Camden’s experience has been that the big Chicago store has proven an added attraction to buyers who formerly did business in Philadelphia. More suburban residents are brought into the city and thus into contact with the other retail shops.

The Hurley Store is an example of faith in Camden which has few equals. Founded years ago by William Hurley, the establishment has grown from a tiny store to a great modern establishment which will furnish a home and supply almost everything needed by its occupants.

The Hurley organization extends its operations into Pennsylvania and Delaware and from its humble beginning has become one of the great retailing factors of this section.

Still another product of the Camden forward movement is the big house and personal furnishings store recently erected by Harry Pinsky. Here may be found hundreds of articles which Camdenites formerly journeyed to Philadelphia to obtain. It is another strong link in the system of stores which is helping attract and hold Jersey buyers in Jersey.

Down on Market Street in a section where it was predicted business would be killed by the opening of the Delaware Bridge, is the department store of the Baker-Flick Company.

Pioneers among Camden retailers, this firm has enlarged and modernized until today it invites comparison with similar establishments which formerly lured the Camdenite on to a Philadelphia ferry boat.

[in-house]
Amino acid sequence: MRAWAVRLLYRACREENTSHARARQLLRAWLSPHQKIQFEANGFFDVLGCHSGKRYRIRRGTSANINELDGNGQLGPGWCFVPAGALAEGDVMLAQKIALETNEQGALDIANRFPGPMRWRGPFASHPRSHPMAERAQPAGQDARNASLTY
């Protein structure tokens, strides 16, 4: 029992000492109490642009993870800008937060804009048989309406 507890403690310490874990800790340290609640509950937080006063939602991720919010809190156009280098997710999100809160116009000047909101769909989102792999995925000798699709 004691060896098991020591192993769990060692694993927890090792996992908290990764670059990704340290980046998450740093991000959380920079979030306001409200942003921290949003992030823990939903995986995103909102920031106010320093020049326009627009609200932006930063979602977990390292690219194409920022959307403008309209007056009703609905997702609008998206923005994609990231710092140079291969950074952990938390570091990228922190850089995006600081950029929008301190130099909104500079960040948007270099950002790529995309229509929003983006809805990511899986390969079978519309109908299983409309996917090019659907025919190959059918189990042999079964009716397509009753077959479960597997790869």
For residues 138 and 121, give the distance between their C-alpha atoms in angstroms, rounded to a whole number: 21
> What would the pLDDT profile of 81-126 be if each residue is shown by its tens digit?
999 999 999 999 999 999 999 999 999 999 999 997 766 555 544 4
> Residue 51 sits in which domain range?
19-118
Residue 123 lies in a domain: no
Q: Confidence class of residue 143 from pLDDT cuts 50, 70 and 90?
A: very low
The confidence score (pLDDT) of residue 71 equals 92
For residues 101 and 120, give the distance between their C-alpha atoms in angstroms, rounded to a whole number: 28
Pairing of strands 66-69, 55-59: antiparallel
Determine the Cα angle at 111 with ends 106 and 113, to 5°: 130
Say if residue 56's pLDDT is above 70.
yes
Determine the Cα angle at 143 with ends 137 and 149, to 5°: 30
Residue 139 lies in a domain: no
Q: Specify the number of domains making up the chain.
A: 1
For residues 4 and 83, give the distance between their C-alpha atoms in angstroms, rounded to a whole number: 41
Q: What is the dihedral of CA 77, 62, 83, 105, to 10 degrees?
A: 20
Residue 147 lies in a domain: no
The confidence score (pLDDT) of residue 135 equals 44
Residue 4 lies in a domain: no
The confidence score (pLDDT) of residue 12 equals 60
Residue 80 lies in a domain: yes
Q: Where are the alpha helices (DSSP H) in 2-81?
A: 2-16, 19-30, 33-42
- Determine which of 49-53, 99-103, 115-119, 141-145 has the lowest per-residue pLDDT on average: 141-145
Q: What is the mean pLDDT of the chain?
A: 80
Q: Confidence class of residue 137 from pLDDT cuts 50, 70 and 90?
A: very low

Others of Camden’s stores might be mentioned as having joined in the modernization movement. They have added to the range of stocks and improved in quality. They have benefited by the better business which has enabled them to ‘buy in larger quantities and thus offer their patrons the benefits of lower prices.

Thousands of South Jersey buyers have come to make Camden their shopping district as a result of the general trend of merchants to cultivate their home field. And, the surface has been merely skimmed.

Wide verdant harvests remain to be gathered. Hundreds of families have yet to assimilate the “Buy in Camden” gospel, but, they are rapidly learning, with the result that business of merchants is consistently growing.

Retail merchandising in Camden is profitable when the merchant is modern and progressive.

Kresge, Woolworth, Schulte, Grant, The Horn and Hardardt Baking Co., Hanover Shoe Co., Thorn McAnn Shoes, Liggett Drug Stores, United Drug Co., in addition to the chain grocery stores, have entered the Camden field.

And they have remained.